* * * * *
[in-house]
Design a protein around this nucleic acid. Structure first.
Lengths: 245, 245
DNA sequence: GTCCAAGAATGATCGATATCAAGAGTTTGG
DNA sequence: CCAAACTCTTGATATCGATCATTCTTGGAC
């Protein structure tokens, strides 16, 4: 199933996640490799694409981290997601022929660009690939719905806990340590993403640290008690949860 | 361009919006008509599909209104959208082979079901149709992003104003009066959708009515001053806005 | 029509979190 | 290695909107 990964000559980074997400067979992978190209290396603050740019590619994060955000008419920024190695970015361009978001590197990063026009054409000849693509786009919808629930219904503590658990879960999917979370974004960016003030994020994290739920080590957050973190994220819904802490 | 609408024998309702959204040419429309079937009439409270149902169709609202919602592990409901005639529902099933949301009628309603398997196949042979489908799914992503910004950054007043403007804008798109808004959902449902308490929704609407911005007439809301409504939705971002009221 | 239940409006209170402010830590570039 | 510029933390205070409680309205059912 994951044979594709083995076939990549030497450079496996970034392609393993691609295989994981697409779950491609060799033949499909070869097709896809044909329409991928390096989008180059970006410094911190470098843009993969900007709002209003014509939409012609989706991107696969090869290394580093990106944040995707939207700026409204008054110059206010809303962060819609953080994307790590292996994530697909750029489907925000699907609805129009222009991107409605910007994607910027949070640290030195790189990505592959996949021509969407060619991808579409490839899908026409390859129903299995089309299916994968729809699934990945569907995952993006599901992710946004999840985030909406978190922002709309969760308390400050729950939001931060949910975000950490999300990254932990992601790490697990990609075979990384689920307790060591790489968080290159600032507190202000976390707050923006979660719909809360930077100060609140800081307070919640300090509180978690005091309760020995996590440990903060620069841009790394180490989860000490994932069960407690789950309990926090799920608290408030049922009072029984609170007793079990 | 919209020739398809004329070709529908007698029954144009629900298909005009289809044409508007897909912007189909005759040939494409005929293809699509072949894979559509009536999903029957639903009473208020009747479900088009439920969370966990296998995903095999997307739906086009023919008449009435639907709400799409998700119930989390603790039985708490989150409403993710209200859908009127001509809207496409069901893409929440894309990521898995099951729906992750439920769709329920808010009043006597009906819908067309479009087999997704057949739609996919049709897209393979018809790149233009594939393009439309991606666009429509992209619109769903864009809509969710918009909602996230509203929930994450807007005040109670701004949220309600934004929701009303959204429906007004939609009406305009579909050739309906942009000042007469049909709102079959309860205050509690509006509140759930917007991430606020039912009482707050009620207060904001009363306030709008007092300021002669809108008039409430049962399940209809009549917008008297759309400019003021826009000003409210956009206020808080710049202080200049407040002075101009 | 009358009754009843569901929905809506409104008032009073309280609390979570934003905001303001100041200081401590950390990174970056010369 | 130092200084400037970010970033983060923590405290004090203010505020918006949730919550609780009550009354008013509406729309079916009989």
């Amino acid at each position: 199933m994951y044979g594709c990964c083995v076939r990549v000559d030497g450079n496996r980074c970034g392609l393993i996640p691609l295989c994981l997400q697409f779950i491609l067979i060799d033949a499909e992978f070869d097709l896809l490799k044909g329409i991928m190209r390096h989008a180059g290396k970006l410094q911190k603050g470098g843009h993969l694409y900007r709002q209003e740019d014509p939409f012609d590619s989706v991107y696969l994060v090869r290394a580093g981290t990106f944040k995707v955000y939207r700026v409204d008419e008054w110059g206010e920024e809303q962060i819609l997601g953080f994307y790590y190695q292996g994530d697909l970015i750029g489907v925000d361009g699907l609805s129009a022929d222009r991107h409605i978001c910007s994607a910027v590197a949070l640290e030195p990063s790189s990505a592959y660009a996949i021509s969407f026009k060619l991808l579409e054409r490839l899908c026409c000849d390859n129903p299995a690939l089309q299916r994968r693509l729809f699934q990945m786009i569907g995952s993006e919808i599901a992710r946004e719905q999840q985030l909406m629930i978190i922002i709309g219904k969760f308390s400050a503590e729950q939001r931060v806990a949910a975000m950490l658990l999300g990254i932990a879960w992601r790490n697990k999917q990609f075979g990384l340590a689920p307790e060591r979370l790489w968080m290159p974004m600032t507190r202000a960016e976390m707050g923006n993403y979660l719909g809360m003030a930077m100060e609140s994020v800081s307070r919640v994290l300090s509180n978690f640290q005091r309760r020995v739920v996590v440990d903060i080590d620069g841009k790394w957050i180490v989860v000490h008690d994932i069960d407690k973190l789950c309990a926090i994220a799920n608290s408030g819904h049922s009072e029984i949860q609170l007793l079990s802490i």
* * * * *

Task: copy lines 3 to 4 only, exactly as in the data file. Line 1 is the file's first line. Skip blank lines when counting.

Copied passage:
Lengths: 245, 245
DNA sequence: GTCCAAGAATGATCGATATCAAGAGTTTGG